Uranium mining in the Alligator Rivers Region
Jabiluka uranium mine
The Jabiluka mineral lease, 230 km east of Darwin and covering 73 sq km, is owned by Energy Resources of Australia Ltd (ERA), a Rio Tinto group company. It abuts the northern boundary of the Ranger Mineral Lease. The Jabiluka lease pre-dates and is surrounded by the world famous Kakadu National Park, which has been inscribed on the World Heritage list due to its outstanding natural and cultural values (World Heritage Reports). The project was placed in long-term care and maintenance in February 2005 and Rio Tinto has entered an agreement with Traditional Owners stating that no further development will occur at Jabiluka without their approval.
Source: E Madon and S Davis-Hall
ERA bought the Jabiluka lease from Pancontinental in 1991. In October 1996, ERA completed an Environmental Impact Statement (EIS) for their preferred option for Jabiluka which is to transport ore by truck 20 km south to the existing Ranger Mill and extract the uranium there, rather than build a mill and process plant at Jabiluka. This is called the Ranger Mill Alternative (RMA). The Minister for the Environment approved the EIS for this alternative in August 1997 and attached 75 environmental recommendations to the approval which were adopted as EIS Requirements by the Minister for Resources and Energy. These cover all aspects of the mining operation and are designed to ensure that the development has no adverse effects on the surrounding Kakadu National Park.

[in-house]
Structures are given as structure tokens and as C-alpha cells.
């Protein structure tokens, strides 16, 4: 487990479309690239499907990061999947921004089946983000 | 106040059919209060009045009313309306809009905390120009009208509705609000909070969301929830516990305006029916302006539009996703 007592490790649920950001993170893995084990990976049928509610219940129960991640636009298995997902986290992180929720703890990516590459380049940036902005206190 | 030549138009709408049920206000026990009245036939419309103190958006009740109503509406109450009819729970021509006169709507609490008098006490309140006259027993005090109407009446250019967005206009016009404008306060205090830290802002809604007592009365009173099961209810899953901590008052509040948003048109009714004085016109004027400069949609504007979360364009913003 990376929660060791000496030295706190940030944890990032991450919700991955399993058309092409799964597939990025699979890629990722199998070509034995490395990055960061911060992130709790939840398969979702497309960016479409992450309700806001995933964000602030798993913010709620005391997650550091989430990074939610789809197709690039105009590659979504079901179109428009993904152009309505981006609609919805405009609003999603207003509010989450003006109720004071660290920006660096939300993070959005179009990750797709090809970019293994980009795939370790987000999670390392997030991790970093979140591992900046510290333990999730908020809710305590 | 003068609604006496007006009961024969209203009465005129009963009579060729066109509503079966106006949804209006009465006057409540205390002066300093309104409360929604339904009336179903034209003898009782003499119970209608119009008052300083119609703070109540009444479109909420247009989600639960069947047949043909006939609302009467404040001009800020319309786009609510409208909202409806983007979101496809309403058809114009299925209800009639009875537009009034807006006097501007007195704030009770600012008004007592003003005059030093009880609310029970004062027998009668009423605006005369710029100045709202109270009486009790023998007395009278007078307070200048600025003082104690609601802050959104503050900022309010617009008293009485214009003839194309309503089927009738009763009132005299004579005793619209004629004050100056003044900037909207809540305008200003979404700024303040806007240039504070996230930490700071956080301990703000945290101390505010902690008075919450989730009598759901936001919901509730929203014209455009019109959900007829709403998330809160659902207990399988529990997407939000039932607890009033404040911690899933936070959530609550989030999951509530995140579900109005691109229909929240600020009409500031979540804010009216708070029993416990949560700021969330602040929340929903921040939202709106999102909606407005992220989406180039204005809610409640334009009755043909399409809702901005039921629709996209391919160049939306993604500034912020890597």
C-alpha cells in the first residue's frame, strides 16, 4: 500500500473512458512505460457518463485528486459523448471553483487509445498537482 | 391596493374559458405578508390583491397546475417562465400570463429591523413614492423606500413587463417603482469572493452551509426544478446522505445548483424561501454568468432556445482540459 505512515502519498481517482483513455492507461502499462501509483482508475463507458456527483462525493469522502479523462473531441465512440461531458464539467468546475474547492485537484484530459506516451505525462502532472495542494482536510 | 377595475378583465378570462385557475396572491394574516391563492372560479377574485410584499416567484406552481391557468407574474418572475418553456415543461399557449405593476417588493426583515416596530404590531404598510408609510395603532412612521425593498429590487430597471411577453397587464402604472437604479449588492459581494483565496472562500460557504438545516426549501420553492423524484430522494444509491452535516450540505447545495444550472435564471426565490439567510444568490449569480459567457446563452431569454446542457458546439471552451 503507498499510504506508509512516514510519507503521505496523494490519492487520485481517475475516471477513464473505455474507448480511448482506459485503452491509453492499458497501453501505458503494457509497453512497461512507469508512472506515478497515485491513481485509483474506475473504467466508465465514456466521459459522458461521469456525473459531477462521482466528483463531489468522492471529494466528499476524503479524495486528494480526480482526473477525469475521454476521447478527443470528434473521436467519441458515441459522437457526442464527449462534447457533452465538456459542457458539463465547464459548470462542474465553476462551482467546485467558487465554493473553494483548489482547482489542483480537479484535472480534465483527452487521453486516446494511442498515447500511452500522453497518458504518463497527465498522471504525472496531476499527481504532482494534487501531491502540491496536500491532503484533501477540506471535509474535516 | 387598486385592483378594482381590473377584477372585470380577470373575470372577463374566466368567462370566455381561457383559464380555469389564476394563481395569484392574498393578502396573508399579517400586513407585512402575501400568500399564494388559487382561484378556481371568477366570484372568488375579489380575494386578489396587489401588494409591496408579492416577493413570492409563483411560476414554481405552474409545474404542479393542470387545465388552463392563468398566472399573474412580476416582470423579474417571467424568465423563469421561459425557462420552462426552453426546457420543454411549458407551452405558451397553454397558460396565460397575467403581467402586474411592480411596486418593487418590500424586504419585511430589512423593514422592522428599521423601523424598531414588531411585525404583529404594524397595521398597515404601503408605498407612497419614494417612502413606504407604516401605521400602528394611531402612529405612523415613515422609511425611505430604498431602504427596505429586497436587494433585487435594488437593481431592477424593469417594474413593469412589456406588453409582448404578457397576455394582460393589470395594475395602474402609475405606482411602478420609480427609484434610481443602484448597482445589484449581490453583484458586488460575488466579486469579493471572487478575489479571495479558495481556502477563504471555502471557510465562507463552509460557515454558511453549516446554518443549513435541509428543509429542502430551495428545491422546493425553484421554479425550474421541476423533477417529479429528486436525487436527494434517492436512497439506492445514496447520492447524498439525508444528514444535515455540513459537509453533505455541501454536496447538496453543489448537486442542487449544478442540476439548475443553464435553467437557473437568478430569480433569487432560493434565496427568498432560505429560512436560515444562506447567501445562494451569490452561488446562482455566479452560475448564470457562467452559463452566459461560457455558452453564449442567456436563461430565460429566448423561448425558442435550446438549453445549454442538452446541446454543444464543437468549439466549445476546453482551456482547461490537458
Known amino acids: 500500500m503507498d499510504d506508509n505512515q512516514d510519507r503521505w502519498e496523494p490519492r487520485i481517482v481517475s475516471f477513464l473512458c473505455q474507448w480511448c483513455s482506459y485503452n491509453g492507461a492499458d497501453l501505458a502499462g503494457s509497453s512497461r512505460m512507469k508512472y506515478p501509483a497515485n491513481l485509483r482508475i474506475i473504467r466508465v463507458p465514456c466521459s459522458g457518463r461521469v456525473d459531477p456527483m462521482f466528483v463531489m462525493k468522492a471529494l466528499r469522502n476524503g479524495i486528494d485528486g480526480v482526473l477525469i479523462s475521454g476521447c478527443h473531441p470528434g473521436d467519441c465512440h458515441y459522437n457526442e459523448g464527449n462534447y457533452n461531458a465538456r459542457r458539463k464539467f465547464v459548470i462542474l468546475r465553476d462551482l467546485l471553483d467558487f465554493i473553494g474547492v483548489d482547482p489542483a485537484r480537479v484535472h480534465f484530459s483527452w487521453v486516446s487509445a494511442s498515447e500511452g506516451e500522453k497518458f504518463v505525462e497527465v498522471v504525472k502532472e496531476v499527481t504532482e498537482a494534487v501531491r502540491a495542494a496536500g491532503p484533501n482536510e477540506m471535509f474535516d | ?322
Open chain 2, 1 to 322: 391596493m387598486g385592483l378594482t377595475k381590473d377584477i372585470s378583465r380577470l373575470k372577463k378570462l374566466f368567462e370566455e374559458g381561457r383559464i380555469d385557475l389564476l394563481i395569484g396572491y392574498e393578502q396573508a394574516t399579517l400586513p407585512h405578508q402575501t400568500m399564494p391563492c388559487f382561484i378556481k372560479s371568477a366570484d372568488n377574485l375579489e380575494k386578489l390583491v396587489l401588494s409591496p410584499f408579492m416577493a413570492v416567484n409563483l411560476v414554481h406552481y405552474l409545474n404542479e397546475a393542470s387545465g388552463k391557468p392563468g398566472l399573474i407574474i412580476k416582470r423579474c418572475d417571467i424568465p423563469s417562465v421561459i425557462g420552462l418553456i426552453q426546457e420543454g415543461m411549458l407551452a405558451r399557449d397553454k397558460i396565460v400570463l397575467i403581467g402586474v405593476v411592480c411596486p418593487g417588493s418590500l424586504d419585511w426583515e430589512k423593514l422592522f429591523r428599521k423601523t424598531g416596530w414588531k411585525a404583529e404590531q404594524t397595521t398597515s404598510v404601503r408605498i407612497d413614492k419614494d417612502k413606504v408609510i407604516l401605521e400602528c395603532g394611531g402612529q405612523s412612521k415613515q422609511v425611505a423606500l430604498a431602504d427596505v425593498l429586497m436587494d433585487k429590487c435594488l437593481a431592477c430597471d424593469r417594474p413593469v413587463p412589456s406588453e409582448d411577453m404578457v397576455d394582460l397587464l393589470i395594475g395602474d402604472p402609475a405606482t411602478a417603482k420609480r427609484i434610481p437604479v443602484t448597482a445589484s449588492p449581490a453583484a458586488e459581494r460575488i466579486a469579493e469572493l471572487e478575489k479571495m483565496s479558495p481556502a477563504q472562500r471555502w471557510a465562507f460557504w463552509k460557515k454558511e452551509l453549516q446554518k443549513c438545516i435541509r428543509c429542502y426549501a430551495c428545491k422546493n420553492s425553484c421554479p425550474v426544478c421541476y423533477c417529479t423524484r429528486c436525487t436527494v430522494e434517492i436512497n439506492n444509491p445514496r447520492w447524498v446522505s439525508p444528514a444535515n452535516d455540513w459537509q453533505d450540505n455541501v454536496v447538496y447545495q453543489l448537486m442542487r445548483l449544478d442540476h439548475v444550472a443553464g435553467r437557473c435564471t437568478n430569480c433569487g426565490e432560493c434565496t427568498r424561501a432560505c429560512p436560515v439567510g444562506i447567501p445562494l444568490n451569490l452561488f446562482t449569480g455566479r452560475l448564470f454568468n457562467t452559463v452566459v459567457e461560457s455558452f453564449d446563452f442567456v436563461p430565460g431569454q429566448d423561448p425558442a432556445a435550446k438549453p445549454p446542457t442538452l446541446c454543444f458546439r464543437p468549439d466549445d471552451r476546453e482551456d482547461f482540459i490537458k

The current senior Aboriginal Traditional owner of the Jabiluka has stated her opposition to the Jabiluka project. This has impeded the company in developing the RMA. Consequently, the company put forth an alternative which involves building a mill and process plant at Jabiluka. This option is called the Jabiluka Mill Alternative (JMA), was subject to a Public Environmental Review (PER) and approval was given by the Minister for the environment in 1998 with 17 recommendations. These recommendations were adopted by the Minister for Resources and Energy as per requirements.
At the request of the World Heritage Committee, the Supervising Scientist submitted a report to the Committee in April 1999 on the Jabiluka Project. This report was assessed by the Independent Science Panel (ISP) of ICSU in May 1999 and the Supervising Scientist provided a response to the ISP review to the World Heritage Committee in June 1999.
View west (approx) of Jabiluka mine site taken from within the Lease boundary. Note that the ridge between the two outliers separates the mine site from the Oenpelli Road and the Magela floodplain beyond and blocks visibility of the mine site from the ground.
The World Heritage Committee met in Paris in July 1999 and resolved not to place Kakadu National Park on the list of World Heritage in Danger. In making its decision, the World Heritage Committee asked the Independent Scientific Panel (ISP) of the International Council for Science (ICSU) to continue to work with the Supervising Scientist and the International Union for the Conservation of Nature (IUCN) to resolve any remaining scientific issues. The role of the ISP was to review the response of the Supervising Scientist to the first report of the ISP and report back to the World Heritage Committee on scientific issues associated with the development of the Jabiluka project.